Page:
Myths that encourage Divorce

Sometimes a husband or wife may have certain illusions about divorce that make it seem attractive. Make sure you are not prey to the following falsities:
  1. Divorce will give me my freedom – when marriage seems to be turning sour, with too many restrictions being placed on the spouse, he or she may think that breaking apart will bring freedom. There will be no-one to answer to, no-one to ask and confer with for decisions, no-one to be held responsible for. That may be true after divorce, but that freedom comes with a great price. It brings along with it severe loneliness, a feeling of void and emptiness in life which little else can fill. No job, hobby, or social circle can be a substitute for the close relationship with a spouse. Most divorced people admit to feeling very low. Life stretches bleak before them, for there is not much to look forward to in terms of personal and family relationships. The fulfillment that is found in marriage and raising a happy family should never be underestimated. It is worth the sacrifice of personal freedom.
  2. Divorce is more common now, thus more acceptable – Although divorce may be rampant in the Western society, it is a society far removed from the Muslim society. The values and morals differ vastly. For Muslims, marriage is a very sacred agreement. The relationship of marriage is a serious one and cannot be broken or exchanged lightly. It may be less serious for Westerners to break and remarry, for their view of marriage is different. Unfortunately this phenomena is creeping into the Muslim communities. Divorce is becoming more common than it was before, but it still remains greatly unpleasant.
  3. I can marry again – It is not always easy to marry and establish another relationship after divorce. Divorce leaves people badly shaken, and they have to overcome their anguish before they begin again. Both the husband and wife may find it difficult to find a suitable partner, although the difficulty for the wife may be greater. Society can often be very unforgiving, even cruel. Re-marriages of divorced partners, especially women, are not very common in our communities. Even if the partners marry again, the emotional baggage of the first marriage will always be carried along.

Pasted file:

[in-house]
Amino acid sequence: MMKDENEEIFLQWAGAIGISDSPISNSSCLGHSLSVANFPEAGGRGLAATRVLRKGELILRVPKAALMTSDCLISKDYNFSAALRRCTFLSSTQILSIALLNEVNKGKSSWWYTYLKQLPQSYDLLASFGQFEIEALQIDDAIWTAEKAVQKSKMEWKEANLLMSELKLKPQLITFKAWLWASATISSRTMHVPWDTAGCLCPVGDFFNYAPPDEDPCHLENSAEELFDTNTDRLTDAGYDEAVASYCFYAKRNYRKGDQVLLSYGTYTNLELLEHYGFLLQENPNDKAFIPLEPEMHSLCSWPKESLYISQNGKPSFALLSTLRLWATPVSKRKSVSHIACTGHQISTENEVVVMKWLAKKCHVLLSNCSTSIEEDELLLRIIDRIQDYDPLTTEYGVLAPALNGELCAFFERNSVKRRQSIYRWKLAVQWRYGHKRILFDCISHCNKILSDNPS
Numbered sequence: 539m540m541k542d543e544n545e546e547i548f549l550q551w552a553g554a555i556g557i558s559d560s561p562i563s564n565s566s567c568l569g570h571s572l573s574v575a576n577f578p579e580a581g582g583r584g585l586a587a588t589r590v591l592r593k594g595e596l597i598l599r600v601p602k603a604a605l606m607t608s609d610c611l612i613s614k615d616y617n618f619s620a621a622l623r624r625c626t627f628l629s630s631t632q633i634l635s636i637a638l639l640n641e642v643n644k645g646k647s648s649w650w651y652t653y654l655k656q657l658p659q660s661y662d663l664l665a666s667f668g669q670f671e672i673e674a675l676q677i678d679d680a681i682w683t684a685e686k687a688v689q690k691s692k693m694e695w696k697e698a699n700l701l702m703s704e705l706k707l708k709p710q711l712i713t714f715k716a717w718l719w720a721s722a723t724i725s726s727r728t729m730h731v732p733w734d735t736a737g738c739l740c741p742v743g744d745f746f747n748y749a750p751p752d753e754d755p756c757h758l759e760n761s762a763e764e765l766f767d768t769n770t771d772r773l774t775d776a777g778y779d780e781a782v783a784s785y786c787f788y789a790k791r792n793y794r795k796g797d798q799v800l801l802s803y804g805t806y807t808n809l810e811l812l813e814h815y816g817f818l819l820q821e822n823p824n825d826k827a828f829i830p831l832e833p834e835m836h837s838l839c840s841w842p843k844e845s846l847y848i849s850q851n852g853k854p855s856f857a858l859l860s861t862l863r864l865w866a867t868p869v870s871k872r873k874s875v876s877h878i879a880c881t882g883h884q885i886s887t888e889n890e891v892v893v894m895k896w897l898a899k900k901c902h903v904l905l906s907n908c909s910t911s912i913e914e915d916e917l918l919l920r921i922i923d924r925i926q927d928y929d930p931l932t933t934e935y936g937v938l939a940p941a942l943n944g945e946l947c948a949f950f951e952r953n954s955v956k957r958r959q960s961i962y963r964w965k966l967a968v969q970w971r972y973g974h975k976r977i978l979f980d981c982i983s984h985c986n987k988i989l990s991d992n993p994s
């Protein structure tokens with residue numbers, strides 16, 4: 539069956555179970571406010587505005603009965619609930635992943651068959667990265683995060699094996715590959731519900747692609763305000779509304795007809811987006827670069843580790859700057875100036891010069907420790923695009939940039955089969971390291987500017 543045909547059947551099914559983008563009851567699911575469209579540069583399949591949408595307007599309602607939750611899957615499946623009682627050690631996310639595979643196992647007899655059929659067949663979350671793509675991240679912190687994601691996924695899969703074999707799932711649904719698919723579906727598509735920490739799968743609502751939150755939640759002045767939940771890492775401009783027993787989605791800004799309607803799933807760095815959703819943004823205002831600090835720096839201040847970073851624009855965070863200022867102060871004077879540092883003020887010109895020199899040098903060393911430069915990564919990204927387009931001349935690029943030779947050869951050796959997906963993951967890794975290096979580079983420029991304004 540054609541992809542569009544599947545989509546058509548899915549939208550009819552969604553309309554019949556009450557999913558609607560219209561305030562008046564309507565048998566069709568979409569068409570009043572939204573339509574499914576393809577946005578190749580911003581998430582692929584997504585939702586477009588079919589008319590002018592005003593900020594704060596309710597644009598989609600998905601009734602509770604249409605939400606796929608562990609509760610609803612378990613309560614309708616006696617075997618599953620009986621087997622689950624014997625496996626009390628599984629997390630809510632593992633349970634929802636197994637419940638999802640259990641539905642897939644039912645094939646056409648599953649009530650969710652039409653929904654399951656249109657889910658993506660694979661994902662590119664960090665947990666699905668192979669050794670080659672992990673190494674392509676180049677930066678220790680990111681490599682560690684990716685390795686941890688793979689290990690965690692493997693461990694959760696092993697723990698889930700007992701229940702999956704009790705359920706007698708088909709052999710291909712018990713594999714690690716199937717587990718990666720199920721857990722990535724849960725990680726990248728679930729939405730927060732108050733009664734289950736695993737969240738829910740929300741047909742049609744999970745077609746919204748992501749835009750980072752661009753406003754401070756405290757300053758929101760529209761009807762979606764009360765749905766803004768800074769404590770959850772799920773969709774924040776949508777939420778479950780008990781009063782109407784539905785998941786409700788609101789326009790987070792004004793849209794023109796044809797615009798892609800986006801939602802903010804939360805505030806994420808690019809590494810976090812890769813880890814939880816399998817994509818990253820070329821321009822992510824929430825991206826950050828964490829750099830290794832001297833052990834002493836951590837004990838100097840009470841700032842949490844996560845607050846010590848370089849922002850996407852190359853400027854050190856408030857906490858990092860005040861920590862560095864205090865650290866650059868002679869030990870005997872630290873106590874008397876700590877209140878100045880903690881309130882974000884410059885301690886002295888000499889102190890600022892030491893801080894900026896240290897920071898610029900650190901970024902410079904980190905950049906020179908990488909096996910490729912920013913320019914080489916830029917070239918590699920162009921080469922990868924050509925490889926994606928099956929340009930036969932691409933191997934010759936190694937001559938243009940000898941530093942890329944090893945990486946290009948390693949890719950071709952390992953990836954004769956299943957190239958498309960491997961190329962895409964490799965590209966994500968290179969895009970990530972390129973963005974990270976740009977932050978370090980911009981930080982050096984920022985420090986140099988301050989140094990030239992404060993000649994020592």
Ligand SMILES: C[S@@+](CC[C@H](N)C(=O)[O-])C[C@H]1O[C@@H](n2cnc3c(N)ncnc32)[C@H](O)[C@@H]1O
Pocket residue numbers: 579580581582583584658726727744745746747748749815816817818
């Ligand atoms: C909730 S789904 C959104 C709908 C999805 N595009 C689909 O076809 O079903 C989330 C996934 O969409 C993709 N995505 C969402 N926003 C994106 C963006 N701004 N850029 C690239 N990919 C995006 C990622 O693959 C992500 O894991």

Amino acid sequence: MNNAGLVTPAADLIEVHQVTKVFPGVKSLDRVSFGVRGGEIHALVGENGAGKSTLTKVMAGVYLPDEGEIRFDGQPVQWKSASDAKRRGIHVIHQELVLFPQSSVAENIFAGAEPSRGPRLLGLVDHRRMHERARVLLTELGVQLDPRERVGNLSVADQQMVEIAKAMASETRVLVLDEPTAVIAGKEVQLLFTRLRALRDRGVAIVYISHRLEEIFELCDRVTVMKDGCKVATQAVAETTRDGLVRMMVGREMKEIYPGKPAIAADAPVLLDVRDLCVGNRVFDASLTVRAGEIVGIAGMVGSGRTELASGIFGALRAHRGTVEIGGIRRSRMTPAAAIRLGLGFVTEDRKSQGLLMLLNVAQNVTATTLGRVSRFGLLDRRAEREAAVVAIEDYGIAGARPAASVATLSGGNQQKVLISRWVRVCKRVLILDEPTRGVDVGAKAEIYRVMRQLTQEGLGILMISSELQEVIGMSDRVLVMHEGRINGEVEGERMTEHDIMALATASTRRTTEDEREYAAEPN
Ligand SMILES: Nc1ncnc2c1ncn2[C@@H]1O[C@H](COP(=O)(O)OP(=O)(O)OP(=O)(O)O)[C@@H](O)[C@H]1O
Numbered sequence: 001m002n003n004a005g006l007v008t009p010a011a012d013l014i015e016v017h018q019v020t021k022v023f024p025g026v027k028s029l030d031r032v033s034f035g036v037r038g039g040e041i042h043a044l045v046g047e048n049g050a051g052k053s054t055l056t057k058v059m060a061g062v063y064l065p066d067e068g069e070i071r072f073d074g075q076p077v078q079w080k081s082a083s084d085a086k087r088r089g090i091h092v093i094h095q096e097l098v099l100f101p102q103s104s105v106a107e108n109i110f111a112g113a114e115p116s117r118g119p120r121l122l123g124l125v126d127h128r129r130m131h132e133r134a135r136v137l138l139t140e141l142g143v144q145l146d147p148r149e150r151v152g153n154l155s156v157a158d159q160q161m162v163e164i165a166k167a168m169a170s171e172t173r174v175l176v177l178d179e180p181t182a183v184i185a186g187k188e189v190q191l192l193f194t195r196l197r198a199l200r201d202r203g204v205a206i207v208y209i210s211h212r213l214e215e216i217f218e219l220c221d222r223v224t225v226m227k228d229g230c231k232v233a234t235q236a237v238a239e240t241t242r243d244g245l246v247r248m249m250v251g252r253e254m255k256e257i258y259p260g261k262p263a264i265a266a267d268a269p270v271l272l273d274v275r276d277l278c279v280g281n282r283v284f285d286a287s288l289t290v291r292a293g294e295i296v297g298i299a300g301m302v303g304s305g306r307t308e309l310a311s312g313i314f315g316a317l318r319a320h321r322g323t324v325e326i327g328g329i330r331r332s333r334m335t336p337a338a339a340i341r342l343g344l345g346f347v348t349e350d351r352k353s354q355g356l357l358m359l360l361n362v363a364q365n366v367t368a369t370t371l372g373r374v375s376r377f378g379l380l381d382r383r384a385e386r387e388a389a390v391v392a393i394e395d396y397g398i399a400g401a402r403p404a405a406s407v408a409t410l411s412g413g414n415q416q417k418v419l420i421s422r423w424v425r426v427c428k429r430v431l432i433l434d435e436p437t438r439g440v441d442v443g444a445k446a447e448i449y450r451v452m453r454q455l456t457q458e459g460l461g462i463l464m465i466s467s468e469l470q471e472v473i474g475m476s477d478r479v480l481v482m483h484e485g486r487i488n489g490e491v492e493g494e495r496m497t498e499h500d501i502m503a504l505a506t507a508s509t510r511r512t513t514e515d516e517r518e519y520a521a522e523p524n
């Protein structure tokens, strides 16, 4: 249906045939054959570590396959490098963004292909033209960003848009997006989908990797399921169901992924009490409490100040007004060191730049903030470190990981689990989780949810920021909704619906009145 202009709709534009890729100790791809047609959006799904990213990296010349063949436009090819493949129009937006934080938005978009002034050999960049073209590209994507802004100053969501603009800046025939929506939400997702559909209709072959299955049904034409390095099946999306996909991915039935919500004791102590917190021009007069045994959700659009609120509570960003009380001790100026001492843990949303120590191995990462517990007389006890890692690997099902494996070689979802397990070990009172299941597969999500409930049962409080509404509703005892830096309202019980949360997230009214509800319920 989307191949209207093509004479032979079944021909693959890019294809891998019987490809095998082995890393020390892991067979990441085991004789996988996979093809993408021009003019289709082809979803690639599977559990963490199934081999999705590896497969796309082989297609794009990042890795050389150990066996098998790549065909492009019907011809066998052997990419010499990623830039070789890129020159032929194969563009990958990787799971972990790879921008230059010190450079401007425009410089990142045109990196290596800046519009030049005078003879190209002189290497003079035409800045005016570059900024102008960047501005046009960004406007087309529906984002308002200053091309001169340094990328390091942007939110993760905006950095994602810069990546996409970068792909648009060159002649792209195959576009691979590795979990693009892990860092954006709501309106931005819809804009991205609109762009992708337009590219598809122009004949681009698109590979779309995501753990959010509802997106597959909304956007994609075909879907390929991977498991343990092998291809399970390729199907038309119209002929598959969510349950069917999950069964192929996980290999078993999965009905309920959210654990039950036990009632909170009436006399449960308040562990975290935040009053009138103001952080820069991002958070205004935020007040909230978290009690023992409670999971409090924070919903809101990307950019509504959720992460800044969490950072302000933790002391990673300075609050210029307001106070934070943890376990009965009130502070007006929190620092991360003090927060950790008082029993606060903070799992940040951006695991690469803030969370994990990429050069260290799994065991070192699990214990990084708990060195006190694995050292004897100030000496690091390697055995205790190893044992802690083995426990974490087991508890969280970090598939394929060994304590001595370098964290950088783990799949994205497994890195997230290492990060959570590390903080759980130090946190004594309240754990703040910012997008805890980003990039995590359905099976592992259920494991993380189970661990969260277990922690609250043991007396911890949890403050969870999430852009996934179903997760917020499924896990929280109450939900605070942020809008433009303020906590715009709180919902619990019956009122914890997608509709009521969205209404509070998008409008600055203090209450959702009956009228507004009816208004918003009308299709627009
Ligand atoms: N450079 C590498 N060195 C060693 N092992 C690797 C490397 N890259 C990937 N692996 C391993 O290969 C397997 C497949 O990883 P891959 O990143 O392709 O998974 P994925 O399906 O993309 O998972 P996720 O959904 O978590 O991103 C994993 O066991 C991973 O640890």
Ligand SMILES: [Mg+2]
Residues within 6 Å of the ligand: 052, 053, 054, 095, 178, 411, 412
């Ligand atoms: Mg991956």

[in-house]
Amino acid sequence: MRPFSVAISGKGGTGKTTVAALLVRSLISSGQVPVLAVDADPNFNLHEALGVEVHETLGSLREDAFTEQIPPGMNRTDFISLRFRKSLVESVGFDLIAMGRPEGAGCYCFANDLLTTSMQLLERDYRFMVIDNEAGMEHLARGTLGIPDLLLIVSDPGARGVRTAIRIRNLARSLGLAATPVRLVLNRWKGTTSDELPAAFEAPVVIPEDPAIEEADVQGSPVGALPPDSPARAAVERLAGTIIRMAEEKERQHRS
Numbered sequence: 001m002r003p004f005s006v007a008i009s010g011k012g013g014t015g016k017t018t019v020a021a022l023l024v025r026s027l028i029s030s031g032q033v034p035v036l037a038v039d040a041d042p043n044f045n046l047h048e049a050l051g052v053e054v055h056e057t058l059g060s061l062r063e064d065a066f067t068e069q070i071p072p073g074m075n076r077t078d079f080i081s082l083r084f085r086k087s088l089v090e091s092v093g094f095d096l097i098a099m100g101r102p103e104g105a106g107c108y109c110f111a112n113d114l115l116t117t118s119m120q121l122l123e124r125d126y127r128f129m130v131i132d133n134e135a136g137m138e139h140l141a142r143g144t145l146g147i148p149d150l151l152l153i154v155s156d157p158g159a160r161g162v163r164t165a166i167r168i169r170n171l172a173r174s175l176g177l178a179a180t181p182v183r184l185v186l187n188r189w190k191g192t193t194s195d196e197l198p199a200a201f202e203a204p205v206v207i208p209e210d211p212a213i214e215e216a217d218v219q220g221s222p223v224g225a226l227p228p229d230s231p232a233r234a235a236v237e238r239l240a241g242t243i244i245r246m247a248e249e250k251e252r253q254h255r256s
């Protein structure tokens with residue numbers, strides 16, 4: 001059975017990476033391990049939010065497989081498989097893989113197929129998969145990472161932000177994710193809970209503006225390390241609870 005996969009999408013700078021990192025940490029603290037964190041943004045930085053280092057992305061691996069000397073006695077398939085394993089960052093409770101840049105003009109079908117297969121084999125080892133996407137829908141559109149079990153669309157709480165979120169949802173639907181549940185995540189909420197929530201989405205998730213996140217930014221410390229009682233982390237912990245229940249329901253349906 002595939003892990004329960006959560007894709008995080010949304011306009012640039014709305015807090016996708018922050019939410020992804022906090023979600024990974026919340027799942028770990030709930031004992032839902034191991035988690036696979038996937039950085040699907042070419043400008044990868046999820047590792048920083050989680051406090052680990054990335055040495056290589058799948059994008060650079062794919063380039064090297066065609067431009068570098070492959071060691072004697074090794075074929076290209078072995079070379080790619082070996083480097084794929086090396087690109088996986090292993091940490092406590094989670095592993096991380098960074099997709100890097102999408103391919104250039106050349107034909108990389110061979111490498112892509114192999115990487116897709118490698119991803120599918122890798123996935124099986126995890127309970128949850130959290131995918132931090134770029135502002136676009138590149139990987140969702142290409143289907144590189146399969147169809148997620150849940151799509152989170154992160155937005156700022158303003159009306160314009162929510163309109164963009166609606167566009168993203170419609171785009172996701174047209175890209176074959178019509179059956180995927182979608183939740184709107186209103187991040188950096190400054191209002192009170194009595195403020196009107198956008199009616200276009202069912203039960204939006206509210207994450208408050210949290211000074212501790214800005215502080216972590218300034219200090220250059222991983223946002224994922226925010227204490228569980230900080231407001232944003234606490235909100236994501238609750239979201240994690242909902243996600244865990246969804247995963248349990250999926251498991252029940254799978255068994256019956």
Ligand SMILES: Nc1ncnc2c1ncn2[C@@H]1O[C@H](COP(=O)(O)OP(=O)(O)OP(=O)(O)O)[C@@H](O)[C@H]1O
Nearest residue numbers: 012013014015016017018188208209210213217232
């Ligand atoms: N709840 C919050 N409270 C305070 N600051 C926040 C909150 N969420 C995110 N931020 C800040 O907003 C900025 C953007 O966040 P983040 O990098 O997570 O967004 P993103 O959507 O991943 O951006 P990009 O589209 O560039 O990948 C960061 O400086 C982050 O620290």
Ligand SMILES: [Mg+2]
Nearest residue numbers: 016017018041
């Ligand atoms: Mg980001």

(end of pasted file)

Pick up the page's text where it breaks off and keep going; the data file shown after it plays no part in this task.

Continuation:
Contemplating Divorce

It is quite common for couples to sometimes think about divorce – not seriously, but consider it briefly. When a couple feels they may be on the brink of seeking a divorce, the following steps are recommended: 1. Sit down with your partner and talk things out. Do both of you really want a divorce? Have you considered the effects of divorce? If divorce seems unpleasant but the only option, look for other possible alternatives. Those may be unpleasant too but not as serious as divorce. Confide in and seek help from a trusted source. Islam recommends that a couple seek help for solving their problems from a virtuous member of each of their families. The Holy Qur’an says:
And if you fear a breach between the two, then appoint a judge from his people and a judge from her people; if they both desire agreement, Allah will affect harmony between them, Surely Allah is Knowing, Aware. (4:35)
This would help both parties deal with the subject objectively. An outsider is sometimes able to see things differently from the spouses in conflict. For them the emotional pain and anger is a barrier to seeing things objectively. But if they are sensible and willing to accept help, some wise relatives could help greatly. If a relative who is appropriate is not available, it is good to seek anybody from the community who can be trusted and can help. A person with Islamic knowledge, experience, and understanding, may be a good choice. 2. Seek help from outside the community if necessary. Counseling is available although couples must be careful in following the advice of one who may not understand their values. Help can also be sought from good books and material available on the subject.